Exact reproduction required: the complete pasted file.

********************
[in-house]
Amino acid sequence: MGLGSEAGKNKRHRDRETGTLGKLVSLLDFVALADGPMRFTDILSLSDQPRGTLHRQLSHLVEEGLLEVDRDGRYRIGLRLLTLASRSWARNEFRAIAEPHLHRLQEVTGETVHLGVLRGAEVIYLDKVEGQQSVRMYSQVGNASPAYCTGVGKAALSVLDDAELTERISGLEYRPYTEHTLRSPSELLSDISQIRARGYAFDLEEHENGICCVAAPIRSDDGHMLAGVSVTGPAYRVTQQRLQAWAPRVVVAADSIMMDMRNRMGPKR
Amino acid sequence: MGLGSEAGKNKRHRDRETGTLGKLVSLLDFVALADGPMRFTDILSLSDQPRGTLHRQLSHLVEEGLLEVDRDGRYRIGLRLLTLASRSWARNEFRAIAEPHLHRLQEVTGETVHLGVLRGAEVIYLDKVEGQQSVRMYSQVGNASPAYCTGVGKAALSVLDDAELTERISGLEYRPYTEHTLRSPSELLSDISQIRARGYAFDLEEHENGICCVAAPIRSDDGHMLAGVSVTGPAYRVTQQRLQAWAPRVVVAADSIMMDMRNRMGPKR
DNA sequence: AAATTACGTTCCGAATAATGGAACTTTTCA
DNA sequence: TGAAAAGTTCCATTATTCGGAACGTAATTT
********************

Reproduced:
[in-house]
Amino acid sequence: MGLGSEAGKNKRHRDRETGTLGKLVSLLDFVALADGPMRFTDILSLSDQPRGTLHRQLSHLVEEGLLEVDRDGRYRIGLRLLTLASRSWARNEFRAIAEPHLHRLQEVTGETVHLGVLRGAEVIYLDKVEGQQSVRMYSQVGNASPAYCTGVGKAALSVLDDAELTERISGLEYRPYTEHTLRSPSELLSDISQIRARGYAFDLEEHENGICCVAAPIRSDDGHMLAGVSVTGPAYRVTQQRLQAWAPRVVVAADSIMMDMRNRMGPKR
Amino acid sequence: MGLGSEAGKNKRHRDRETGTLGKLVSLLDFVALADGPMRFTDILSLSDQPRGTLHRQLSHLVEEGLLEVDRDGRYRIGLRLLTLASRSWARNEFRAIAEPHLHRLQEVTGETVHLGVLRGAEVIYLDKVEGQQSVRMYSQVGNASPAYCTGVGKAALSVLDDAELTERISGLEYRPYTEHTLRSPSELLSDISQIRARGYAFDLEEHENGICCVAAPIRSDDGHMLAGVSVTGPAYRVTQQRLQAWAPRVVVAADSIMMDMRNRMGPKR
DNA sequence: AAATTACGTTCCGAATAATGGAACTTTTCA
DNA sequence: TGAAAAGTTCCATTATTCGGAACGTAATTT